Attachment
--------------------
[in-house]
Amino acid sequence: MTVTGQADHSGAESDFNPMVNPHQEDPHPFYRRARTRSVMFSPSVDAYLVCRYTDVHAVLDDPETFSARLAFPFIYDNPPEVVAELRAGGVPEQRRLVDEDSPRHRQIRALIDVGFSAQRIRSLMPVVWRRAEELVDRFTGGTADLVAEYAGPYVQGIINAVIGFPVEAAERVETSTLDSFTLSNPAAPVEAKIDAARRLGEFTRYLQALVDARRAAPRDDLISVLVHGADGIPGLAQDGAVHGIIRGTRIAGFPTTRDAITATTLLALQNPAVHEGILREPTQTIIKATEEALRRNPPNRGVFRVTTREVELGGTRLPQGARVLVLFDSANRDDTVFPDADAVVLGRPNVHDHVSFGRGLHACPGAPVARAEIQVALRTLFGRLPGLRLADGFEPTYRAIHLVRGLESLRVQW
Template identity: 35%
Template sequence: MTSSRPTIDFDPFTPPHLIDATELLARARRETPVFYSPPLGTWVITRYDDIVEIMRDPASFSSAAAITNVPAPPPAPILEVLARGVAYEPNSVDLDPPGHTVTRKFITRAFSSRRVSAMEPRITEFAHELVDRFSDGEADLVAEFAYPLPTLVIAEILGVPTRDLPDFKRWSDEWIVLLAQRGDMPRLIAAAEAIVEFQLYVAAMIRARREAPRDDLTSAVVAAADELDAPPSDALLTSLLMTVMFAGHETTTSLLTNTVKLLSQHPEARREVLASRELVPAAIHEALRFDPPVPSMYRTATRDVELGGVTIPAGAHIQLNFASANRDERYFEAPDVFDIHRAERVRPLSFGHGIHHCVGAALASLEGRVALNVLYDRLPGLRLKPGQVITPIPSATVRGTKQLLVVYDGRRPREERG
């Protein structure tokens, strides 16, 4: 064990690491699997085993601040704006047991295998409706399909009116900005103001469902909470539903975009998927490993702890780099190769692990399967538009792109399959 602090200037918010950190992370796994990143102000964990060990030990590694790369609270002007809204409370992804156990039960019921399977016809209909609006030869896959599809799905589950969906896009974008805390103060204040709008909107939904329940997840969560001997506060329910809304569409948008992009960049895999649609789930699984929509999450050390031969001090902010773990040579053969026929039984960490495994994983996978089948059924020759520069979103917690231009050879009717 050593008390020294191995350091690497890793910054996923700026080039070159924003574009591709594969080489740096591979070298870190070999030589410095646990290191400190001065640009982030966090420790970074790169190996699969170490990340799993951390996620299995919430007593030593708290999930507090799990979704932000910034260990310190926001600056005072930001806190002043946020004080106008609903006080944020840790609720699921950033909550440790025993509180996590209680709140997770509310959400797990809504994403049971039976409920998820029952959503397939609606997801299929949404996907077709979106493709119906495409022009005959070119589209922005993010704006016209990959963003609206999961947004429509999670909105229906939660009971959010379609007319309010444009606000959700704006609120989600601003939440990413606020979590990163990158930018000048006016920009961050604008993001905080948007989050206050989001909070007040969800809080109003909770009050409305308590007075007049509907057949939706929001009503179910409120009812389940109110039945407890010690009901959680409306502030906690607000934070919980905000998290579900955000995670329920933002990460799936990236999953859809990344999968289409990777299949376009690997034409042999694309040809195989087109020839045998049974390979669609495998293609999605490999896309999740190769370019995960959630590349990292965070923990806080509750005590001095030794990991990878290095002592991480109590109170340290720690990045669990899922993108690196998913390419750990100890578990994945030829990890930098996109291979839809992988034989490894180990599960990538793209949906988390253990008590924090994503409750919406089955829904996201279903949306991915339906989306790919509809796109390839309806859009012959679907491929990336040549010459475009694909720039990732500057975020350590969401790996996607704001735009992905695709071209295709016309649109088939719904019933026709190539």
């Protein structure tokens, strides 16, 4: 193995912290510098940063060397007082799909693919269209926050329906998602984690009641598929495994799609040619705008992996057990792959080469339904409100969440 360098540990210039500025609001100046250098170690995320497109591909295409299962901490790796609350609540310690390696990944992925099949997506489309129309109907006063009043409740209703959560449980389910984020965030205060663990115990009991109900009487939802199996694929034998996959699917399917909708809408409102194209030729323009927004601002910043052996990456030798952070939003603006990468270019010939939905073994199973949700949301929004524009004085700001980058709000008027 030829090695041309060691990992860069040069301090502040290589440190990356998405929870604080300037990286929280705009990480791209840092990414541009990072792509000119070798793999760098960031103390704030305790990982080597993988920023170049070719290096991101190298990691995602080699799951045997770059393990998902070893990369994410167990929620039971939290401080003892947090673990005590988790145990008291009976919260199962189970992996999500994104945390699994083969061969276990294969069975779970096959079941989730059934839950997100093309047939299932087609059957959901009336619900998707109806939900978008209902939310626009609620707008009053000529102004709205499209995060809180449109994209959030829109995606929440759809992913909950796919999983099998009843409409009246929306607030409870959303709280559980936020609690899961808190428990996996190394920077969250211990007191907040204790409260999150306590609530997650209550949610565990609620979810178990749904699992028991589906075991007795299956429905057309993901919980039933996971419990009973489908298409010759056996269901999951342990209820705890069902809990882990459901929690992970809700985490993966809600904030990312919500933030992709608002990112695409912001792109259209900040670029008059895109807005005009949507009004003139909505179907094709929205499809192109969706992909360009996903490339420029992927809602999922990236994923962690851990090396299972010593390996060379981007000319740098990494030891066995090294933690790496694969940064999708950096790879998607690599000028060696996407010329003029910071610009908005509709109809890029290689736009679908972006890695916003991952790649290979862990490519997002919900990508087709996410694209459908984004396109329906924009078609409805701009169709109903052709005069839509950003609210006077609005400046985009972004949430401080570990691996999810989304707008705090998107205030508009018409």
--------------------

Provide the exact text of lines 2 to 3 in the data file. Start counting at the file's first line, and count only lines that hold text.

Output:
Amino acid sequence: MTVTGQADHSGAESDFNPMVNPHQEDPHPFYRRARTRSVMFSPSVDAYLVCRYTDVHAVLDDPETFSARLAFPFIYDNPPEVVAELRAGGVPEQRRLVDEDSPRHRQIRALIDVGFSAQRIRSLMPVVWRRAEELVDRFTGGTADLVAEYAGPYVQGIINAVIGFPVEAAERVETSTLDSFTLSNPAAPVEAKIDAARRLGEFTRYLQALVDARRAAPRDDLISVLVHGADGIPGLAQDGAVHGIIRGTRIAGFPTTRDAITATTLLALQNPAVHEGILREPTQTIIKATEEALRRNPPNRGVFRVTTREVELGGTRLPQGARVLVLFDSANRDDTVFPDADAVVLGRPNVHDHVSFGRGLHACPGAPVARAEIQVALRTLFGRLPGLRLADGFEPTYRAIHLVRGLESLRVQW
Template identity: 35%